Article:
This broker shares tips on getting around the stress test

This broker shares tips on getting around the stress test

This broker shares tips on getting around the stress test

Samantha Brookes, CEO and founder of Mortgages of Canada, says that even though B-20 has made securing mortgages more difficult, it’s by no means an insurmountable task.

One reason is that the days of bidding for single-family detached houses is a thing of the past in Toronto. While the condo market has taken off, largely because B-20 has reduced affordability, the single-family market has skewed in favour of buyers.

“I’ve been telling my clients to look for homes that have been sitting on the market for a while, because those people are willing to negotiate the price point because they need to get rid of the home,” said Brookes. “There’s more leverage if the house has been sitting for a while. Gone are the days of bidding wars.”

Paramount, however, is ensuring house hunters get preapproval first. Brookes says too many of her clients are approaching home buying the way they would have prior to January 1.

“Just make sure you get the new preapproval under the new stress test rules,” she said. “Use a bank or broker who’s doing an official preapproval. There’s a pre-qualifier and a preapproval, which is when you look at income documents up front, so submit them all up front during the preapproval process because a lot of people are missing that. They go to the bank and only get pre-qualified and they can’t actually afford the home because the bank didn’t look at all the income documents up front.”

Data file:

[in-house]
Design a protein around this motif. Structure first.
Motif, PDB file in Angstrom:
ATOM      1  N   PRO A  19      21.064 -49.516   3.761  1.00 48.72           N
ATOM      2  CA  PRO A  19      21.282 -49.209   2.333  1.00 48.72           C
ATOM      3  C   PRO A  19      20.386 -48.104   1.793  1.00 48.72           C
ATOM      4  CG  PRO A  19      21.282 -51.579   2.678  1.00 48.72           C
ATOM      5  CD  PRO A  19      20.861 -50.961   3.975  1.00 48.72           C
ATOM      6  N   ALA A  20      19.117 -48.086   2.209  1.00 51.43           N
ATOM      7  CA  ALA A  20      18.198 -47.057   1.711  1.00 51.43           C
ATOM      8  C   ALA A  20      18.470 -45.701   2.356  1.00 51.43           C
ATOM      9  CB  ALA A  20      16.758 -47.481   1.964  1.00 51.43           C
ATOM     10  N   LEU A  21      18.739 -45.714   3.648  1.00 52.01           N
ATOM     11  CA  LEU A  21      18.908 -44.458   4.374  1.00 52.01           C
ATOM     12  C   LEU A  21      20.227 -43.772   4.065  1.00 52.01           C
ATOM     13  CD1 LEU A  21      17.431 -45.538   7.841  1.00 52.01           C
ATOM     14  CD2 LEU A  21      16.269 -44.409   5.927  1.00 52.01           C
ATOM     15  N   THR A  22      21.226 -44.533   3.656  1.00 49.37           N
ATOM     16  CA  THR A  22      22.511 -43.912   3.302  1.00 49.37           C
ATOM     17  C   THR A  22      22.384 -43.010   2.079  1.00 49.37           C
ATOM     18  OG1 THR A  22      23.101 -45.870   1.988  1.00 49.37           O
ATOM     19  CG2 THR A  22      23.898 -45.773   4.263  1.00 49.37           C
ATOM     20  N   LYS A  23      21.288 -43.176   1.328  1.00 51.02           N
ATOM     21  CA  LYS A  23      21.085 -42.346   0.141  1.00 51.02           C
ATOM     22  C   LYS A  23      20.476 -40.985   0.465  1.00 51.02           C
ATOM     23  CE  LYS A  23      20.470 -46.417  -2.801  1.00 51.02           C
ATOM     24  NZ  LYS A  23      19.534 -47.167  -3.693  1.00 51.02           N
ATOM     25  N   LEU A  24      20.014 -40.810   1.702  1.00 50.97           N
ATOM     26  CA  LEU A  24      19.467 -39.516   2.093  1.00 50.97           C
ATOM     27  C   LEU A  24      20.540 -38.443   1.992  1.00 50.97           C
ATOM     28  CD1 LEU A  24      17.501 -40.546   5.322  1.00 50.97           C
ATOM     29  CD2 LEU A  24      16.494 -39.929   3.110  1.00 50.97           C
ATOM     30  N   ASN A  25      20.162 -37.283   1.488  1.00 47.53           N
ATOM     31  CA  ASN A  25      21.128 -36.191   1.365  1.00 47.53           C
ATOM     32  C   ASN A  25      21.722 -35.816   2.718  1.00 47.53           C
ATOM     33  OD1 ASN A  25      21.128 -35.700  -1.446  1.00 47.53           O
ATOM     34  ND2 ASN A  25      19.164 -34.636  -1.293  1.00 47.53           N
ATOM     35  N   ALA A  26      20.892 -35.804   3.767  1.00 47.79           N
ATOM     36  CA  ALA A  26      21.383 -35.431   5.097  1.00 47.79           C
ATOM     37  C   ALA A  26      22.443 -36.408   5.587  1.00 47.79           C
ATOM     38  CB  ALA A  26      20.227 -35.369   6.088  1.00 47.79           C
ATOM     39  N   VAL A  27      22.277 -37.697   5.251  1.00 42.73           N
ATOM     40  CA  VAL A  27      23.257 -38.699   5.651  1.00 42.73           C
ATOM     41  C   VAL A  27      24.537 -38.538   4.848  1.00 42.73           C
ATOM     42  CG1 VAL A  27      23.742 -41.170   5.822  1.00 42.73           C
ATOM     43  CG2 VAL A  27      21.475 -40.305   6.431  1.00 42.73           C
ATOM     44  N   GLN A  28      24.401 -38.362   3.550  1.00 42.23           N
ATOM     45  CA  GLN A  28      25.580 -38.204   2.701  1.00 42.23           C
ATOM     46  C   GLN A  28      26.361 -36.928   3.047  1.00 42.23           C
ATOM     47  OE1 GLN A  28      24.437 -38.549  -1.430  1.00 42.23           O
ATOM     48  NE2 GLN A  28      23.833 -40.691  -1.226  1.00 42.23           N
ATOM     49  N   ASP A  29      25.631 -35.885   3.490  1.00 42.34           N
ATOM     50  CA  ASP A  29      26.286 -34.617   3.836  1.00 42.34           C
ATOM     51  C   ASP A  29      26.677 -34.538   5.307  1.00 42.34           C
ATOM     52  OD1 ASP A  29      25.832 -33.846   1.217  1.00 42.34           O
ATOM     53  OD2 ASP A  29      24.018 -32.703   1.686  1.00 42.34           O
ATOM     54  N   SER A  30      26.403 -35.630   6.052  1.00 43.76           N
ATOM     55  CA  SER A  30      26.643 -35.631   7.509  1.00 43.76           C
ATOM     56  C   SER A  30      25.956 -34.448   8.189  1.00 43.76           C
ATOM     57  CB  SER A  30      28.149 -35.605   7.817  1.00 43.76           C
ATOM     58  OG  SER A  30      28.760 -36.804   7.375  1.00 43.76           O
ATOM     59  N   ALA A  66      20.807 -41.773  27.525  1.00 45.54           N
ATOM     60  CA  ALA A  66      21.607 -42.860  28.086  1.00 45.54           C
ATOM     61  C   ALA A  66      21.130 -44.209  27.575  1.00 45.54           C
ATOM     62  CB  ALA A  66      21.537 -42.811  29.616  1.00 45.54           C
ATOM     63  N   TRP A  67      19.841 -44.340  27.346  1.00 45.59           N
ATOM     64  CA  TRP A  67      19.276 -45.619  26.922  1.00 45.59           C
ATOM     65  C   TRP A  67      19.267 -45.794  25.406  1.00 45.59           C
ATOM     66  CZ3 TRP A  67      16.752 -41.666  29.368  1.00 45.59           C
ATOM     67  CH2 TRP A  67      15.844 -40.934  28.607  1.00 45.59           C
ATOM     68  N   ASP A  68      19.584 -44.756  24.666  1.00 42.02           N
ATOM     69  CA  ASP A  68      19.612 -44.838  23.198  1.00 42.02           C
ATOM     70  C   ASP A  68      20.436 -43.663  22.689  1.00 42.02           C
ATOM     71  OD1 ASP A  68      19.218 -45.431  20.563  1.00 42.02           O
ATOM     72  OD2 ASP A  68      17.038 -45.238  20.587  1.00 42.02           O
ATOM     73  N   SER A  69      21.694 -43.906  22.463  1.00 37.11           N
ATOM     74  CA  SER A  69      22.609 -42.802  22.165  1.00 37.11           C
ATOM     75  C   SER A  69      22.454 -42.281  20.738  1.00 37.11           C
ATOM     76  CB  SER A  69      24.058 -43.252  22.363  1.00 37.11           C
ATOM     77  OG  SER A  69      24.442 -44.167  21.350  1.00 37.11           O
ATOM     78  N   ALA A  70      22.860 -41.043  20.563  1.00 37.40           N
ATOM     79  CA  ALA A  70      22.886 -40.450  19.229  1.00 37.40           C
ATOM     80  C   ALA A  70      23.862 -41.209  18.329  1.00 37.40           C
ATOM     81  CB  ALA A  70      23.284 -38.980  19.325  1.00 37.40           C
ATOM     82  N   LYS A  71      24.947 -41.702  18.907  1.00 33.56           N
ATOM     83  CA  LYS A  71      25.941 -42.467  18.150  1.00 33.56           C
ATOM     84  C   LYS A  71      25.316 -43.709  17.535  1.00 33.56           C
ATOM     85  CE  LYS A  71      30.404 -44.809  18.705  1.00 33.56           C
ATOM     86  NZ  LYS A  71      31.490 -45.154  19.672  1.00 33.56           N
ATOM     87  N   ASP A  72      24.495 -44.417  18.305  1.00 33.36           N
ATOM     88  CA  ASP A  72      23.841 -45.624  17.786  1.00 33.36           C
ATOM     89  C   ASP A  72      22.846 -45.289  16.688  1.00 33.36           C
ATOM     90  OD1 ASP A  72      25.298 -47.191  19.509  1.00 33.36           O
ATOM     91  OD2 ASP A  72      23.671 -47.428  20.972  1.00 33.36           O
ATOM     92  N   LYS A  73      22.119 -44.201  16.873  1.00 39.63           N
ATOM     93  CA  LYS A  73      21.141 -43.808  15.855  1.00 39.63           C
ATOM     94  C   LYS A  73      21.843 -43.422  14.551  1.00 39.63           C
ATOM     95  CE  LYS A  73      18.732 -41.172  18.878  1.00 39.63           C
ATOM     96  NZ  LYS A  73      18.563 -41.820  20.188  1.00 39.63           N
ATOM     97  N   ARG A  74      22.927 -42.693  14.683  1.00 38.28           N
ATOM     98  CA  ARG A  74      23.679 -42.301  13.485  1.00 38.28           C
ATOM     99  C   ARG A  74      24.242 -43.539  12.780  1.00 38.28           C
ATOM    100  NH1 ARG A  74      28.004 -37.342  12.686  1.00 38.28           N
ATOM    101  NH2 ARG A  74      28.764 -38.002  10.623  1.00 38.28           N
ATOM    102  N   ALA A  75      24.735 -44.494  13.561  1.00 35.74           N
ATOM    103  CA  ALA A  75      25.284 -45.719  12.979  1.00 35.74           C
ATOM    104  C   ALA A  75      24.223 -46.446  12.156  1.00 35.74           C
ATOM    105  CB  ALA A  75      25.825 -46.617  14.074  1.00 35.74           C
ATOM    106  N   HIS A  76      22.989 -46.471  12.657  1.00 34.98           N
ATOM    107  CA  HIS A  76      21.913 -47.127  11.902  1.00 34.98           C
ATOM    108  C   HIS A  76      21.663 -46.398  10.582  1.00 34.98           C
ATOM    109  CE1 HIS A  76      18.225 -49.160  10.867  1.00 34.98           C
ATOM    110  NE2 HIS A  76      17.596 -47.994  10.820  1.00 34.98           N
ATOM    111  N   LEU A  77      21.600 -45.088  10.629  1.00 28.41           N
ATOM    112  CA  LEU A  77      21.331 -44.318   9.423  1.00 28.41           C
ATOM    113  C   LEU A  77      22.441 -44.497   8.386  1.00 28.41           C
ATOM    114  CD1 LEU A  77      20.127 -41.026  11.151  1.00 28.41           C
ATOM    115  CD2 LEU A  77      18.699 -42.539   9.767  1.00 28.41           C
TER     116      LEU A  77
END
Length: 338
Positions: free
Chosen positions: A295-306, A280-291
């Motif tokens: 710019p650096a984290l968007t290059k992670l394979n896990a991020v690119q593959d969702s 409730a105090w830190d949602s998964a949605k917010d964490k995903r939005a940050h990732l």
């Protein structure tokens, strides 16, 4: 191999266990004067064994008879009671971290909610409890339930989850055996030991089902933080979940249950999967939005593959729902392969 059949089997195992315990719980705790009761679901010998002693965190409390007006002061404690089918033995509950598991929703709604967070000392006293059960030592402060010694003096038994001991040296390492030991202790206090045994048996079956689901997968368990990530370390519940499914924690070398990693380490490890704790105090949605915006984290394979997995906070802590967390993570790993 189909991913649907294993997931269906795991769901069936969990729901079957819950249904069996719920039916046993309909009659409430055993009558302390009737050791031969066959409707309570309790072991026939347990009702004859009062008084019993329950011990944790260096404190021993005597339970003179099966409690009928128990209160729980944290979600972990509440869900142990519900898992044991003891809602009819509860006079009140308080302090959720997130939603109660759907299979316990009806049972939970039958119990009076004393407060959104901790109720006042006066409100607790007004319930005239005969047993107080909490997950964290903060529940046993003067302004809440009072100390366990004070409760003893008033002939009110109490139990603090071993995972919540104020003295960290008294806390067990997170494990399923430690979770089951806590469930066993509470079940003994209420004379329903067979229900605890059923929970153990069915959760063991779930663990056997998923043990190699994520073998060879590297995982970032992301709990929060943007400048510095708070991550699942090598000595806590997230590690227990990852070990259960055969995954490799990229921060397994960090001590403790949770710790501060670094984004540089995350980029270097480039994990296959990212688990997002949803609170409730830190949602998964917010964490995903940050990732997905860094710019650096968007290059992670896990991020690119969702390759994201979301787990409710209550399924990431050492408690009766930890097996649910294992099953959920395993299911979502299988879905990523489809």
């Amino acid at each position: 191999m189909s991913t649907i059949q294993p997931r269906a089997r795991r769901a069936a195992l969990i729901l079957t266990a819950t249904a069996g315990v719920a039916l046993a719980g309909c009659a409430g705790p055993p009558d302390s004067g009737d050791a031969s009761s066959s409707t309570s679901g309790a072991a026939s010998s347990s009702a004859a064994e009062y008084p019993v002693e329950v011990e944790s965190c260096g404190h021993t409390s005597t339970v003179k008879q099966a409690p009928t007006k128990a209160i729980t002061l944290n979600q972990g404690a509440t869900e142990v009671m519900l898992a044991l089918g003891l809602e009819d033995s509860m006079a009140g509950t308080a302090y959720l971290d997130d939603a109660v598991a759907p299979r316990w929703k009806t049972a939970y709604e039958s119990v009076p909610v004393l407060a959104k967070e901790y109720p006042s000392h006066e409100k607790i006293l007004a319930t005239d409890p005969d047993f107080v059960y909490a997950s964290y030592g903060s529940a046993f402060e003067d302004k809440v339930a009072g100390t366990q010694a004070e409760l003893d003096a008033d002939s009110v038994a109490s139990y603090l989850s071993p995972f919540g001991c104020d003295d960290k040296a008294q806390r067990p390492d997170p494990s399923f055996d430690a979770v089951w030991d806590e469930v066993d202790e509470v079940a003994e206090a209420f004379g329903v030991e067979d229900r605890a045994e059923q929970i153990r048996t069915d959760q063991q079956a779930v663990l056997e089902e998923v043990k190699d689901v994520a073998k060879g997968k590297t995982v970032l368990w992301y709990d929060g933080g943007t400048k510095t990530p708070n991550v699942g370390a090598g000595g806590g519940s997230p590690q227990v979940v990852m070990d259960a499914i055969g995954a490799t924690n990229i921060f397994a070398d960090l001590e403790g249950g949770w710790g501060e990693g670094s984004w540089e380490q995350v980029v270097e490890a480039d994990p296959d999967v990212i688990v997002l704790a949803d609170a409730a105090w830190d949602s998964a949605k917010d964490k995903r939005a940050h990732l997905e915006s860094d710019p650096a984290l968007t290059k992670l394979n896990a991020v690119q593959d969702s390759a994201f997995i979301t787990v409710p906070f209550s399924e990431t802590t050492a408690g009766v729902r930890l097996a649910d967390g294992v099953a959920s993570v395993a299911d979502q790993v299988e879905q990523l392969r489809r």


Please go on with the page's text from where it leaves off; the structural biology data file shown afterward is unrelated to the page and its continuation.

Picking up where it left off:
Clients who enter into agreements to purchase a home they subsequently realize they cannot afford—because they didn’t get preapproved—are susceptible to lawsuits.

“You’re liable and you’ll lose your deposit. Even the realtor can get sued. If the seller sells to someone else for less you’ll have to pay for the difference,” she said. “You don’t walk into a grocery store without knowing how much money’s in your wallet, so don’t buy a half-million dollar house without knowing whether or not you can afford it.”
Brookes also suggests clients who don’t qualify for their dream home with a chartered bank can go to the alternative channel. While it will be more costly, stretching amortization can reduce the monthly payments.

“We can extend amortization up to 30 years, which drops the mortgage payment. Even if the interest payment is higher, if we consolidate all their debt into a refinance, you can save up to $2,000 a month.”


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  • Broker Riel 2018-03-09 3:47:00 PM
    Please show me one case where someone got sued for not being able to secure their financing. If you are referring to a buyer who blatantly lies aka removes conditions without having financing in place, that is one thing, but stating you can get sued if your financing falls through is deceiving and almost never the case.

    The reason we have a COF (Condition of Financing) written into an Offer to Purchase, is to protect a buyer so that this (a lawsuit) can never happen to them, it also ensures they get their deposit returned in the event of financing falling through.

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